It was the power of referrals that catapulted PayPal to its now iconic status, enabling it to achieve a daily growth of 7 to 10%, yielding better ROI than traditional marketing.
Not being organized in implementation
If you are just starting on a referral program, it is almost criminal to organize it in a slipshod manner, being inconsistent in giving rewards and implementing it on a limited scale.
Your referral program should be planned, strategic and should align to the overall business goals. It is advisable to have a time-bound program with a clear definition of incentives and rewards and tracking customers to send tailored rewards.
So what are the steps you should follow?
- A well-defined outline of goals and referral program delineated by time
- Marketing schedule for the entire duration such as web push notification, email promotion and all manner of offline and online outreach
- Keeping track of the referral campaign throughout and using the results to modify and course correct your campaign
The key metrics to track in your referral program are referral page visits and referral sales, with 1 to 5% clicks considered normal. These figures can rise with good content and a well-designed referral program.
Make sure that your business is geared towards meeting the challenges of increased referrals and subsequent growth in business. A rewarded customer is a happy customer and a happy customer is a brand advocate.
One more important thing to keep in mind is that going small serves no purpose. Referral marketing by its very nature is a numbers game. The more people refer you, the more your business will grow. So ditch any ideas of rolling out a small pilot project before expanding. It’s all in or nothing.
After all, as your referral program grows, so will your business.
Being inconsistent in asking and rewarding
Perhaps this should have come at the very top. Being inconsistent in your referral marketing campaign not only hurts your customers, it also hurts your business and brand value.
Just because customers don’t refer you when you ask them doesn’t mean they never will. Maintain consistency on your part (without being too pushy) and then your brand will be on top of their mind should they find someone who can benefit from your brand to refer.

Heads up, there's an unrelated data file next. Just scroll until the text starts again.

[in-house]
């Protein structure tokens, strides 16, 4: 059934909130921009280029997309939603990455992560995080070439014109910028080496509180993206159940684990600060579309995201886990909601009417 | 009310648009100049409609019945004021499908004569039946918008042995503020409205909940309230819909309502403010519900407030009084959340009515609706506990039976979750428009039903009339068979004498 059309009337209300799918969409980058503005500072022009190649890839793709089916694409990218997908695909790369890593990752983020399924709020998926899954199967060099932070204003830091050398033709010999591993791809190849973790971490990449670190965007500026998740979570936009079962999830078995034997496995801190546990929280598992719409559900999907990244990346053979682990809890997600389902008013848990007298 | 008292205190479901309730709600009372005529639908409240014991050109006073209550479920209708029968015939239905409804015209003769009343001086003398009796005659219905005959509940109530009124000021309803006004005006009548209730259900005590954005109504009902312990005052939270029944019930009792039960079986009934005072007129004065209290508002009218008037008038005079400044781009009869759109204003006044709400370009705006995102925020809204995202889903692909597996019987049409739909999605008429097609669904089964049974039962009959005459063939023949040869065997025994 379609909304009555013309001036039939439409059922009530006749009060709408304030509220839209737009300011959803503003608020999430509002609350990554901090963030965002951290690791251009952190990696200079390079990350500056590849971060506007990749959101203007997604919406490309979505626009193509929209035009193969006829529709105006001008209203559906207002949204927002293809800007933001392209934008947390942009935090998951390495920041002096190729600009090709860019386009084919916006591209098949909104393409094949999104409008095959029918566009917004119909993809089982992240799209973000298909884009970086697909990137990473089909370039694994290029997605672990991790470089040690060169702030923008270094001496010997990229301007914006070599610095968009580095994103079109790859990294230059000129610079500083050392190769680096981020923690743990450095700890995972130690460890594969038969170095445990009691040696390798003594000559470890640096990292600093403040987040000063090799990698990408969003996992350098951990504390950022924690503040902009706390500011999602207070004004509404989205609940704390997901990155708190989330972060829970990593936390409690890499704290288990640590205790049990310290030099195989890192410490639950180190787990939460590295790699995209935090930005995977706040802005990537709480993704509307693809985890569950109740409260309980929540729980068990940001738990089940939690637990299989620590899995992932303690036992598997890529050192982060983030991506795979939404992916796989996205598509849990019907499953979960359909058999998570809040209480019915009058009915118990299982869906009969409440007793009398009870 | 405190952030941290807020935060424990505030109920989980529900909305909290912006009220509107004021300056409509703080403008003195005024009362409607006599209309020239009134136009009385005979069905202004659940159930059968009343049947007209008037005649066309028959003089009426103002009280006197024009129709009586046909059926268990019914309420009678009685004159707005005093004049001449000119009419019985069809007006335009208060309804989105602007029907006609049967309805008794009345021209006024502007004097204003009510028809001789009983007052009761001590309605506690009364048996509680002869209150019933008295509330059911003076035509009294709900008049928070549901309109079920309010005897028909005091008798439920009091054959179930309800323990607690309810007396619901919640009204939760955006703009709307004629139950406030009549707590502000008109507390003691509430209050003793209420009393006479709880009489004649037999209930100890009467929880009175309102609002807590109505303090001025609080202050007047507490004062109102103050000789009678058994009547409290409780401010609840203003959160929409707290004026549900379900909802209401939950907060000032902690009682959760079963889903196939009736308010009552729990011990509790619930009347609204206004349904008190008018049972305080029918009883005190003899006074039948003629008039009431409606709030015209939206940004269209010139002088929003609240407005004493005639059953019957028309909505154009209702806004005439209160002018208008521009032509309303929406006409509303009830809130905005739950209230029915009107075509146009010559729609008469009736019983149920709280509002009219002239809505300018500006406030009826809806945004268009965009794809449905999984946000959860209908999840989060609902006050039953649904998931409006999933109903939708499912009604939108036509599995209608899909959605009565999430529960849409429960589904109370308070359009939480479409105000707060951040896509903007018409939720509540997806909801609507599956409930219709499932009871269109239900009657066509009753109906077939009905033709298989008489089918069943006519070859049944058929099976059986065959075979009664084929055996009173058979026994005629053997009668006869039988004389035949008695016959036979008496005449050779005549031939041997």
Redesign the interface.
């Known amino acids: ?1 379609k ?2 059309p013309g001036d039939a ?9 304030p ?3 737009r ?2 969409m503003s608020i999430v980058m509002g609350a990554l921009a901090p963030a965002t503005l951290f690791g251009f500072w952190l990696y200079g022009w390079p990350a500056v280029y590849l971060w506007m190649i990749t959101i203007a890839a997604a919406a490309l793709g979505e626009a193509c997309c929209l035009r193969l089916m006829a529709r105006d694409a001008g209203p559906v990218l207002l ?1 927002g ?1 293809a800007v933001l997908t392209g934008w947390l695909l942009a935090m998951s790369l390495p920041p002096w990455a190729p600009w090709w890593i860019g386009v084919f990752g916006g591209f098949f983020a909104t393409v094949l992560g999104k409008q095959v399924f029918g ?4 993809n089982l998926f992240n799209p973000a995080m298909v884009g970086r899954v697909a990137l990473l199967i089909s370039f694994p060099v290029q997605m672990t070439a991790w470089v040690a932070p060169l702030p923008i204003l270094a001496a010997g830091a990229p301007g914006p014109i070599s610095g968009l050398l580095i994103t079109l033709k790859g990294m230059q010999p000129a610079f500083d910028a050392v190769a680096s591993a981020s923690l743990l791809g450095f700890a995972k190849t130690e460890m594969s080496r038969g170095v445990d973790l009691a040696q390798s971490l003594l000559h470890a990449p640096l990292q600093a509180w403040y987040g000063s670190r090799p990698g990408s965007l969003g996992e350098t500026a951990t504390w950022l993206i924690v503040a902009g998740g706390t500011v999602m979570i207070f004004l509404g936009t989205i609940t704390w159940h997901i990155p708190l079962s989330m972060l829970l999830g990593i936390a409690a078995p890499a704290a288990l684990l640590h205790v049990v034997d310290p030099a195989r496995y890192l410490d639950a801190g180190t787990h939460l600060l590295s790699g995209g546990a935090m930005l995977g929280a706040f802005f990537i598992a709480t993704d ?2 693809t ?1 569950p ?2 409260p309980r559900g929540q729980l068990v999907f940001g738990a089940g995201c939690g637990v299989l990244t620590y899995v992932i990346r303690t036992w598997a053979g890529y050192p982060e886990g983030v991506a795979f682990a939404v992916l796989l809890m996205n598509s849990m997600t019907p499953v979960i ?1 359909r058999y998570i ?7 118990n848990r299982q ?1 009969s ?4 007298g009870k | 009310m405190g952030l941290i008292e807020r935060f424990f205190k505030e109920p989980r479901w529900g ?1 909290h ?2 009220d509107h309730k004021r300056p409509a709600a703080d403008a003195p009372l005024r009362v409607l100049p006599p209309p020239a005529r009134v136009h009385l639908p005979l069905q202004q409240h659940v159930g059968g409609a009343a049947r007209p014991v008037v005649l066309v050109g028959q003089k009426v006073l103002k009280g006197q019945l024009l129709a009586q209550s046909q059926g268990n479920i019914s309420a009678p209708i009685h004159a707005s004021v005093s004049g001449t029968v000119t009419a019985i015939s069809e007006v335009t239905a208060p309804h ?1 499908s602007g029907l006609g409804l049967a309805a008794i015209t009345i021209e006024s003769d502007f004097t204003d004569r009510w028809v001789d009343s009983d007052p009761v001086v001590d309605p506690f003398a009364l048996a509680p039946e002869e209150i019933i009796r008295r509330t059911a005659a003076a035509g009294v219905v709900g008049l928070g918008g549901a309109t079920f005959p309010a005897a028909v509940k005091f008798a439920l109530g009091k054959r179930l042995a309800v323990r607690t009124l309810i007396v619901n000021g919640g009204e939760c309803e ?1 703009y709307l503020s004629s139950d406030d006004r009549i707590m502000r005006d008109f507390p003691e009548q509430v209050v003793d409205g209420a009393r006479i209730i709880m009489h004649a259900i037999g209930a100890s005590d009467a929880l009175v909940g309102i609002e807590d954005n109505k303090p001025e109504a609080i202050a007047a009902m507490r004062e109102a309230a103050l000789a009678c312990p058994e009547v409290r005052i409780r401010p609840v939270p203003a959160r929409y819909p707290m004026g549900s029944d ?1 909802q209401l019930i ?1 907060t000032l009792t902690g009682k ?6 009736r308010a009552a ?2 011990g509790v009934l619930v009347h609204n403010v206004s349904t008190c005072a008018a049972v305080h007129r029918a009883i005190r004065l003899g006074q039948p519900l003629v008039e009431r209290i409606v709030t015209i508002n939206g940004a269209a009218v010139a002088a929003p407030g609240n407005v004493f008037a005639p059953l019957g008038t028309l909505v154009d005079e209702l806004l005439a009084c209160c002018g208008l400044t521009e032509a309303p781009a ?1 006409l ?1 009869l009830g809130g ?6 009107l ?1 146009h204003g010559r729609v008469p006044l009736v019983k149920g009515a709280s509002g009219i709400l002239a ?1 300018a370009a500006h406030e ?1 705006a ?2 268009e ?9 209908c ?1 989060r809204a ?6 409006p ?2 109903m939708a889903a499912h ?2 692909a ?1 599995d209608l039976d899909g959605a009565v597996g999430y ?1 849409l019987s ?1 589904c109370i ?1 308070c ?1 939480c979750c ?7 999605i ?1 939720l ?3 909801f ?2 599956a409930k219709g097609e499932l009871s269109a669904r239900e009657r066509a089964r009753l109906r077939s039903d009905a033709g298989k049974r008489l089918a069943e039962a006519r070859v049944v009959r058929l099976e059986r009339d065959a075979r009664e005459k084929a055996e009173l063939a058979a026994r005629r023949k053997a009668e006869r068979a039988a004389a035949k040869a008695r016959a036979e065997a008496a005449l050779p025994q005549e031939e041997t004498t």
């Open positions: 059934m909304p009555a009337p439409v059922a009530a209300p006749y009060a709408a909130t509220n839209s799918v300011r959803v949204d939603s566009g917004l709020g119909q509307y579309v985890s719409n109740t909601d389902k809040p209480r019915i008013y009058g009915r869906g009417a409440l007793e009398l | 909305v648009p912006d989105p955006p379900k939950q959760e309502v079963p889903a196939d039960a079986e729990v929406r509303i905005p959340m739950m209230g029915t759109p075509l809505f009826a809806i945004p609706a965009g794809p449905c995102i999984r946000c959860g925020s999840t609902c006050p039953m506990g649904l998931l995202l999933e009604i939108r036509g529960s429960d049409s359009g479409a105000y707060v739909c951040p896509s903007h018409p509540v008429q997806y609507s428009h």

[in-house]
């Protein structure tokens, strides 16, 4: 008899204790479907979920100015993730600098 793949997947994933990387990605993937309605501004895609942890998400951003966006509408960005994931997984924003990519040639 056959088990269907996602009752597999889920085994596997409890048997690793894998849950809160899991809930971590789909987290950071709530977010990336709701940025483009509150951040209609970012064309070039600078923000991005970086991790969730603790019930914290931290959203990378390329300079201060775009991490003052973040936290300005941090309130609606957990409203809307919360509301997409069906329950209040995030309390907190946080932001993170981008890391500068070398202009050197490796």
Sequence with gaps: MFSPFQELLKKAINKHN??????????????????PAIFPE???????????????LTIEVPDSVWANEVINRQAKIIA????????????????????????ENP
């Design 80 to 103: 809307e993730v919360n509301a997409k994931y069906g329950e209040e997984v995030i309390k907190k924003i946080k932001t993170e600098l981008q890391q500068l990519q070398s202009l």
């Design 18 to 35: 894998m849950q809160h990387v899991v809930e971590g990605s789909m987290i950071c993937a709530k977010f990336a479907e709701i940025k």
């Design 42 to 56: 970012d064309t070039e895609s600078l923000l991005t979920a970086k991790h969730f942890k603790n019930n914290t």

It is also important to keep in mind that customers like to rewarded for referring you to their friends and it serves no purpose if they log into their accounts and don’t see the incentives they were due.
Asking for too much and giving too little
This is one of the common mistakes committed during the beginning of referral programs. Asking a user to sign up more than they can do for the reward you offer can put him/her off.
For example, if a brand offers a pair of sunglasses for 20 referrals, you can be sure that you won’t be referred at all. Most of the people are comfortable with referring you to single digit number of people. Have a look at this graph.
As you can see from the graph, most people prefer to refer 1 to 5 people. Beyond 10, the referrals drop substantially.
Also, make sure that you are offering sufficiently motivating incentives and rewards in your referral program. The key is to offer something of value to people for their efforts to refer you.
Having a complex reward structure
The more time it takes for the customer to figure out the reward structure, the fewer chances are them clicking on the program.
Referral programs involving multiple steps in participation are too complicated for the customer to invest their time into causing a significant loss to the spread of the referral program.
So how do you work you way around this?
By having a simple reward structure.
The best way is to demonstrate in the form of an example.
Check this example of Airbnb.
The visible call to action with the simultaneous presentation of the favor and benefits in an easy manner, along with a convenient sharing process, gave the referral program virality.
Like all marketing efforts, referral marketing requires a systematic plan, alignment with business goals and customer centric approach.
The beauty with referral marketing is that it enables your business to both consolidate and expand at the same time. So don’t miss out on this powerful channel.
And lastly, there is one tip that will be a staple advice for all your marketing campaigns, not just referral marketing.
Constantly test and adapt your campaign.
Your customers are constantly giving you feedback while interacting with your business. Be open to it and incorporate their suggestions to fine tune your campaign and see the referrals pour in.
About the Author
Vaibhav Kakkar is Co-Founder and Chief Growth Officer at RankWatch and NotifyFox, So